Breast Cancer in Men

Breast Cancer in Men

As promised in yesterday’s post, today we’d like to discuss male breast cancer. Yes, it happens. Luckily, it is uncommon (approximately 2,000 cases per year; approximately 400 of which prove fatal).

First, breast cancer in men presents with similar complaints or symptoms that it does in women, most commonly a palpable lump but also nipple inversion, discharge from the breast, skin dimpling or pain. There’s a list of twelve of the potential symptoms here. The most important part is knowing what’s normal for you(or him). If there are breast changes of any kind, it’s important to note them and take action.

There are factors that increase a man’s risk of breast cancer.  These include:

  • getting older – commonest age group for male breast cancer is age 60-70

  • BRCA2 gene mutation

  • family history of breast cancer (especially with a BRCA2 mutation)

  • chronic liver disorders

  • heavy alcohol use

  • obesity

  • exposure to large amounts of radiation early in life

  • Klinefelter’s syndrome (a genetic condition related to high levels of estrogen in the body)

To diagnose breast cancer in a male, we use the same tools and processes that we do in females. A visit to your primary doctor is always the place to start.  A thorough clinical exam by a medical professional can help to determine whether further evaluation with imaging is necessary.  If imaging is needed a mammogram will be ordered. Yes, men too can get mammograms. These exams are no more difficult for men. There are also breast ultrasounds and breast MRI exams that can be performed on men.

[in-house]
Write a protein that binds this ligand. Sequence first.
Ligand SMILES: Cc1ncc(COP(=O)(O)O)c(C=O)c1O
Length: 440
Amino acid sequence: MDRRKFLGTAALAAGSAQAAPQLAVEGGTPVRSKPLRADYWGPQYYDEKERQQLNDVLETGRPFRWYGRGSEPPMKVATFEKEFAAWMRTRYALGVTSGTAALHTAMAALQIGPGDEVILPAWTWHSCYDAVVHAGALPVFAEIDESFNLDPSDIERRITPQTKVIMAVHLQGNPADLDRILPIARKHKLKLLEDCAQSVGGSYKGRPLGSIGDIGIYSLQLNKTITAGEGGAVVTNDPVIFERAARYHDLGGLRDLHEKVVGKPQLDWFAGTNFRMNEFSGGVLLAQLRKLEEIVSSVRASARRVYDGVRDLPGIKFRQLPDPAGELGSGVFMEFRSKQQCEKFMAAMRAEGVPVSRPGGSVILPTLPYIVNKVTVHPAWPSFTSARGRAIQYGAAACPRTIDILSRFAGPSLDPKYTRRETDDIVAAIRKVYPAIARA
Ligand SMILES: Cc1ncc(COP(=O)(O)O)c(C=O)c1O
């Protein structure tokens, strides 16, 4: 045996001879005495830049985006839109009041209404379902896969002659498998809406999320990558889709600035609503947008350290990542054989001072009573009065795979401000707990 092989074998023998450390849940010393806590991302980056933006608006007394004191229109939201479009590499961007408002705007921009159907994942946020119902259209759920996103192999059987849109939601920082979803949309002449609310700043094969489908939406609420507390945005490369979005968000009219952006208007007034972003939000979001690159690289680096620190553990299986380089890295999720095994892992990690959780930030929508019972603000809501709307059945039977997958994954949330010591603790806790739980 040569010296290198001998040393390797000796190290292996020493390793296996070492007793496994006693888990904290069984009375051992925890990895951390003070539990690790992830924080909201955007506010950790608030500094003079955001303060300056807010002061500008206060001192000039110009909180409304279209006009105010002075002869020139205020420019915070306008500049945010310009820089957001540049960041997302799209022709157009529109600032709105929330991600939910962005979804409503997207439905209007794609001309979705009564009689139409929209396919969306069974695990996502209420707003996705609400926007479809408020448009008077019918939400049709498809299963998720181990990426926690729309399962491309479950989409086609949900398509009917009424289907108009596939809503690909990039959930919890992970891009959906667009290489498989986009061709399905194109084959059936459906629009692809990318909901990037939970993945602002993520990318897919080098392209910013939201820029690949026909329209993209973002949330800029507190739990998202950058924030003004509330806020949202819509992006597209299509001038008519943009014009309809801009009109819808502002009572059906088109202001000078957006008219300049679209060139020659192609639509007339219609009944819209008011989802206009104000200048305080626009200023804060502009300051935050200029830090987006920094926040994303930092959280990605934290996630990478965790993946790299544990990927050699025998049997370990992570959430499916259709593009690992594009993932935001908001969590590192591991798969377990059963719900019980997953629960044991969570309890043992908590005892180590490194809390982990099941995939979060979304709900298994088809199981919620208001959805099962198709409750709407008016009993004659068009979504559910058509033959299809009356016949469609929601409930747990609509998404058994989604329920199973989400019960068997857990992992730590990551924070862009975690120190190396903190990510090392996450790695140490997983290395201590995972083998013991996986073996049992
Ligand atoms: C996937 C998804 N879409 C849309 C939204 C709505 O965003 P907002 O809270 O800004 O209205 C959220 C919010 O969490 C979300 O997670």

Much of the breast cancer experience for men is also the same as for women: treatments, surgeries, side effects of medications can be very similar. So learning about breast cancer in general can be very enlightening for men with breast cancer. In fact, we have this whole blog about breast health and many of the cancer articles apply to men as well as women. For additional information about men’s breast health, we recommend this brochure by Komen.




Image credit: Frederick Winters during 1904 Summer Olympics via Wikimedia Commons Copyright: Public Domain

Originall published 11/12/13 on